A security guard is standing in front of Google's booth at China International Import Expo earlier this month in Shanghai.…
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Updated at 9:40 ET.
Several Google employees have become public with their opposition to tech giant’s plans to build a search engine tailor-made for China’s censorship requirements.
The project, named Dragonfly, would block certain sites and search terms as determined by the Chinese government – a feature that Google’s at least nine employees are equivalent to allowing for “state-of-the-art” surveillance.
“We are among thousands of employees who have raised our voices for months. International human rights organizations and investigative journalists have also alerted, stressed serious human rights issues, and repeatedly urge Google to cancel the project,” the original signatories of the letter, who published their open letters on Medium.
“So far,” they added, “Our leadership’s response has been unsatisfactory.”
In a draft that was shared with NPR prior to publication, employees claimed that the company’s leadership had offered “No Satisfactory Response” at all .
The news of the program first appeared on the The Intercept website, which reported in August that the custom search engine would “blacklis t sites and search terms about human rights, democracy, religion and peaceful protest. “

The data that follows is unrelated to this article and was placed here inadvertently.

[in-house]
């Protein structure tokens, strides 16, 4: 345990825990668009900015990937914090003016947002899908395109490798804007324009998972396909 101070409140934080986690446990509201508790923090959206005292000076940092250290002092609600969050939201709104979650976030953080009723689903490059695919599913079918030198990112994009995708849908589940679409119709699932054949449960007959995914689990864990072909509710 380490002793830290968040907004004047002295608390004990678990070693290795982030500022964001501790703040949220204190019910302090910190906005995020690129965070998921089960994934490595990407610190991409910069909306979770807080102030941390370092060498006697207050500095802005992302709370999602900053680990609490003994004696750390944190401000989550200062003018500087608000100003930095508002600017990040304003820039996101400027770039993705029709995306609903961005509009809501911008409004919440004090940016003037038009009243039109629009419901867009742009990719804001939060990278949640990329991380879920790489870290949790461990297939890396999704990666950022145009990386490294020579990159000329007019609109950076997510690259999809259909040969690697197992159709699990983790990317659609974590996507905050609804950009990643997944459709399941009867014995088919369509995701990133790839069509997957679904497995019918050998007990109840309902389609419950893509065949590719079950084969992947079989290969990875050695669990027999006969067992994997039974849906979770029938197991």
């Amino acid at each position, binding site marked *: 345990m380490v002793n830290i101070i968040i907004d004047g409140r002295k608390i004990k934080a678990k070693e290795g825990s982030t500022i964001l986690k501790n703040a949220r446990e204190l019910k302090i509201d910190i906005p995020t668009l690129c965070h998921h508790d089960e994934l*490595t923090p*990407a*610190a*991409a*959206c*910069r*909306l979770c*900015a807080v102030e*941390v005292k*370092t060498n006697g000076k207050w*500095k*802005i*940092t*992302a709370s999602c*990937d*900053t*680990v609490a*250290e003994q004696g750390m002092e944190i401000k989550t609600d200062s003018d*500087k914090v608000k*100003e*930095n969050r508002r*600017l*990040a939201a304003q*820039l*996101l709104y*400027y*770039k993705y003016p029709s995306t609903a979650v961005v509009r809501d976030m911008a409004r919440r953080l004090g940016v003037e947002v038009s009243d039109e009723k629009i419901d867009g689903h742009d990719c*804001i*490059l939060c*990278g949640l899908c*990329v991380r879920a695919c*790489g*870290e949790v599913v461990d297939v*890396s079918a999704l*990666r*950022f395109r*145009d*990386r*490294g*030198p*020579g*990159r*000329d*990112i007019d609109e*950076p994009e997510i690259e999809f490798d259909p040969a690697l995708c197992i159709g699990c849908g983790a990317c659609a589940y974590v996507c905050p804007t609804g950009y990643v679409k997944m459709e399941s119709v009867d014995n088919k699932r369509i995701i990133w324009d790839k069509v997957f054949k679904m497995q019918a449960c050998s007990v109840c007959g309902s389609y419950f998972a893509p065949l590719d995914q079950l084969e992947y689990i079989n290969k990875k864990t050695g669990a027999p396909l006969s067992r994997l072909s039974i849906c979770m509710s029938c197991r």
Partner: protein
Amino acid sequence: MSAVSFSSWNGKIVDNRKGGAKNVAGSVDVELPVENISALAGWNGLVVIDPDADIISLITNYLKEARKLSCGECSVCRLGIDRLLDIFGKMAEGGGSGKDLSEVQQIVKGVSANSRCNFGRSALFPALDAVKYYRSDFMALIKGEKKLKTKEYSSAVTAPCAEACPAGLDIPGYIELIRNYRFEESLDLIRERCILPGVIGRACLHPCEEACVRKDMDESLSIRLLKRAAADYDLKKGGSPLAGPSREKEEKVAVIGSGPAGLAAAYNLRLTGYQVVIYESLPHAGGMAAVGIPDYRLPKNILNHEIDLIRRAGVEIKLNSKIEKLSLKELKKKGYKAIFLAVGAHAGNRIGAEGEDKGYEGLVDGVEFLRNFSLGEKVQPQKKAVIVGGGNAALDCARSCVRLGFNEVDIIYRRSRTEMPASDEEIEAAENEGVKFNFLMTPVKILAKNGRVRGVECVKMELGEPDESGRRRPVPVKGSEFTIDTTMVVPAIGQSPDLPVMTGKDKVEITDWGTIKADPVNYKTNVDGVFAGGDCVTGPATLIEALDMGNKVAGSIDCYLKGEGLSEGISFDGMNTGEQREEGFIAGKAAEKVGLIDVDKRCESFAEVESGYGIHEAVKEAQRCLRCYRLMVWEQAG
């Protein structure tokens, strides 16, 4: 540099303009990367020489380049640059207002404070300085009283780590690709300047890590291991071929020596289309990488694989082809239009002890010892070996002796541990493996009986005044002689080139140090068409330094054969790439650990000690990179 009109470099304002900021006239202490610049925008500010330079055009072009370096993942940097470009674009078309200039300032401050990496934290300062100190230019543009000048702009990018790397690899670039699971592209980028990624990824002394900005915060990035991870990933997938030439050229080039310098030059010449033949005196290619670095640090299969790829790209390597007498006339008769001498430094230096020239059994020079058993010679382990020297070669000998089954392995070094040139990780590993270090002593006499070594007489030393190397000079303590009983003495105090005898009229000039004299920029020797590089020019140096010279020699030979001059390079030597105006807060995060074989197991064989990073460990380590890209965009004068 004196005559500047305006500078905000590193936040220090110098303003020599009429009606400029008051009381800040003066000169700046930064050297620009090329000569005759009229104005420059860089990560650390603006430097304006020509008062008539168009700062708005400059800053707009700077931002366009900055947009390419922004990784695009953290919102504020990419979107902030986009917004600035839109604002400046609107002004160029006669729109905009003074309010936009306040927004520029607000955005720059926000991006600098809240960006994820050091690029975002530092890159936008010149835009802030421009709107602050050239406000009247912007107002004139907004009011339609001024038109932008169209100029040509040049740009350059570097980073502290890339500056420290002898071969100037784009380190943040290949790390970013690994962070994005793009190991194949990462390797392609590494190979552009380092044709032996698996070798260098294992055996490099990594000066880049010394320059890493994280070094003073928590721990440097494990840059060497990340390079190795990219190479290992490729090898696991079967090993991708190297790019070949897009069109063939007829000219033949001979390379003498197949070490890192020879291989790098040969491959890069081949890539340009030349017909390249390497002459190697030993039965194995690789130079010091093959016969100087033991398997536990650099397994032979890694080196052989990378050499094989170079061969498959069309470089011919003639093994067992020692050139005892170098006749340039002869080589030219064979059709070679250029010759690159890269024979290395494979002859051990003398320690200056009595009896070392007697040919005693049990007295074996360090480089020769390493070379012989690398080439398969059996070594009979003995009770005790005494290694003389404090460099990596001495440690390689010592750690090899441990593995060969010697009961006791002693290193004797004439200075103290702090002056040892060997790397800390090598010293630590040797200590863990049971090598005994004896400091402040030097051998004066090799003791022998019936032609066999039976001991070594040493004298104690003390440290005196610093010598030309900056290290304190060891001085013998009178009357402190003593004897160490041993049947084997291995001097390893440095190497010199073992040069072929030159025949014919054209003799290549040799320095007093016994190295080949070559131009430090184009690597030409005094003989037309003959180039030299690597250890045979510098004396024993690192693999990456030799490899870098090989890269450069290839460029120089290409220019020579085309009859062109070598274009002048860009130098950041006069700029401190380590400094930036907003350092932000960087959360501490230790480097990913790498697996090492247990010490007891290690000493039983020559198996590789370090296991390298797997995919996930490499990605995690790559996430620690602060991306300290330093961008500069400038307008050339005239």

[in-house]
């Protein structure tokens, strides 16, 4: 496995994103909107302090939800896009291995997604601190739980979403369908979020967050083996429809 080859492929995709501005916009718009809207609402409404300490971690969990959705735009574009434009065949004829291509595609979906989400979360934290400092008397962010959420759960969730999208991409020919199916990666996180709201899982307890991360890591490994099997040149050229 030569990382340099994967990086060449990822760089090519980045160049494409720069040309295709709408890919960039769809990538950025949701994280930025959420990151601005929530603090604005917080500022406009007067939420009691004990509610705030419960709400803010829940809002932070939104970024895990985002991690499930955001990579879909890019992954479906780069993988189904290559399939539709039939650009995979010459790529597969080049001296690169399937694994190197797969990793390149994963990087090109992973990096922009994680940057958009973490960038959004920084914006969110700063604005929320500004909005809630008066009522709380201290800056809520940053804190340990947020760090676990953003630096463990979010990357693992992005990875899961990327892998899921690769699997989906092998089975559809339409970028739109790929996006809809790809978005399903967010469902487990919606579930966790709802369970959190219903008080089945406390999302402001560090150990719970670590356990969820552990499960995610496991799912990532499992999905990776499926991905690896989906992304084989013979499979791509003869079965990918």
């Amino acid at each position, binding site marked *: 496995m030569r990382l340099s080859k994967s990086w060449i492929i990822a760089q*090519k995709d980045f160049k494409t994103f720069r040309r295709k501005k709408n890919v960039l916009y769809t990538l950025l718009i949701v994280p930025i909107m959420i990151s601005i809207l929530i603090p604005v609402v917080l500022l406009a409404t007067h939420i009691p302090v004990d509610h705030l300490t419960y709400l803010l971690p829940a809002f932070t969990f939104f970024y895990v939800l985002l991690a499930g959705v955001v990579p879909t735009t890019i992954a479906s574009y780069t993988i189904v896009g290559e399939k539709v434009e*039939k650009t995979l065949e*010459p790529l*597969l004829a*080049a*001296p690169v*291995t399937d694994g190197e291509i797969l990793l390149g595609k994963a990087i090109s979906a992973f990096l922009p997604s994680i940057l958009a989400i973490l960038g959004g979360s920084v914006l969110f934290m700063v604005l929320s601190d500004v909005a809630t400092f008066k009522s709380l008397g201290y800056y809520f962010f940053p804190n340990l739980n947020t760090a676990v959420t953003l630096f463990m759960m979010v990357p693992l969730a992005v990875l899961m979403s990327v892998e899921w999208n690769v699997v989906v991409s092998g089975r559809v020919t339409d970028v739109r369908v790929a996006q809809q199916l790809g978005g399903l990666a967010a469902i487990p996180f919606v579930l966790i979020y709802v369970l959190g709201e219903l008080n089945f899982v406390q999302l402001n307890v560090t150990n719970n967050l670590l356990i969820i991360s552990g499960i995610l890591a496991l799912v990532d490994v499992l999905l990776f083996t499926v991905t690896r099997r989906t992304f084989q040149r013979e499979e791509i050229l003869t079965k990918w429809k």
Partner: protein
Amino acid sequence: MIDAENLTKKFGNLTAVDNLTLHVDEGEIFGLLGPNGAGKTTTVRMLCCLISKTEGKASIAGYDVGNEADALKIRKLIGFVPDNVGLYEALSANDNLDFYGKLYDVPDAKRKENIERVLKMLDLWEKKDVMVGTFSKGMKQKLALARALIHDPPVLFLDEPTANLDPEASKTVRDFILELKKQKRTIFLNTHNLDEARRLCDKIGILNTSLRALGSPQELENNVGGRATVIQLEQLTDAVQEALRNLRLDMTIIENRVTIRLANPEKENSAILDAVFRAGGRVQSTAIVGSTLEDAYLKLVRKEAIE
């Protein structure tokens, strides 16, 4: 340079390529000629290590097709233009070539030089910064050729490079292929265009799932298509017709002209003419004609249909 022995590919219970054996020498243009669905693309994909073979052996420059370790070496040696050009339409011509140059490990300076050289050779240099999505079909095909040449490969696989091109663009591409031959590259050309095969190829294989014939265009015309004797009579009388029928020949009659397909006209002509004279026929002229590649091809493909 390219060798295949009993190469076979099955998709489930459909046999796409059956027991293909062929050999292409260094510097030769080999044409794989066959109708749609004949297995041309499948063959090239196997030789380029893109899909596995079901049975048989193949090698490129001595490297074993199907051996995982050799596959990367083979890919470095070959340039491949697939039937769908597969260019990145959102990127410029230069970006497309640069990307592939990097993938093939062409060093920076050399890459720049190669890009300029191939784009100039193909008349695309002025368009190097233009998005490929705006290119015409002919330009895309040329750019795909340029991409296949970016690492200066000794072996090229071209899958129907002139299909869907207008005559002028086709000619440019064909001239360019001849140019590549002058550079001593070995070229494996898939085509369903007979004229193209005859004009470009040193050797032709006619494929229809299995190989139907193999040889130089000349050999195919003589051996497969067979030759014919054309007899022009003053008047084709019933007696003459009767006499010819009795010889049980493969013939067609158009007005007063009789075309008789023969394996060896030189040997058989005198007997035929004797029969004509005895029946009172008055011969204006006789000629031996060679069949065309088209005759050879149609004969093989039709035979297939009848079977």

Other news, such as The New York Times, backed up the report’s report and noted Google’s desire to tap the huge Chinese market – but adds that the work of the project makes
Google once again ran a censored version of its search engine in China, but it was pulled out of 2010 after friction with Beijing and significant backlash in the United States
Employees are not alone in expressing their fear of reporting about it new project development. In fact, they released their letter on the day Amnesty International launched its own protest. The human rights organization announced it would be to reach Google employees to add its name to an application calling on CEO Sundar Pichai to kill the project before it even can escape.
“This is a water momentum for Google,” Joe Westby, Amnesty’s Research re for technology and human rights, said in a statement Tuesday. “As the world’s number one search engine, it should fight for an internet where information is freely accessible to all, not supporting the Chinese government’s dystopian alternatives.”
This is not the first time Google’s leadership has become pushback within its own line of business policy. The tech giant decided not to renew a contract with the Pentagon after workers revolted over a controversial project involving artificial intelligence for drone footage analysis.
“Many of us accepted Google’s employment with the company’s values in mind, including its previous position on Chinese censorship and monitoring, and an understanding that Google was a company willing to place its values over profit,” said the employees. in his letter Tuesday.
“After a year of disappointment, including Project Maven, Dragonfly, and Google’s support for addicts, we no longer believe this is the case. That’s why we’re taking a stand,” they wrote.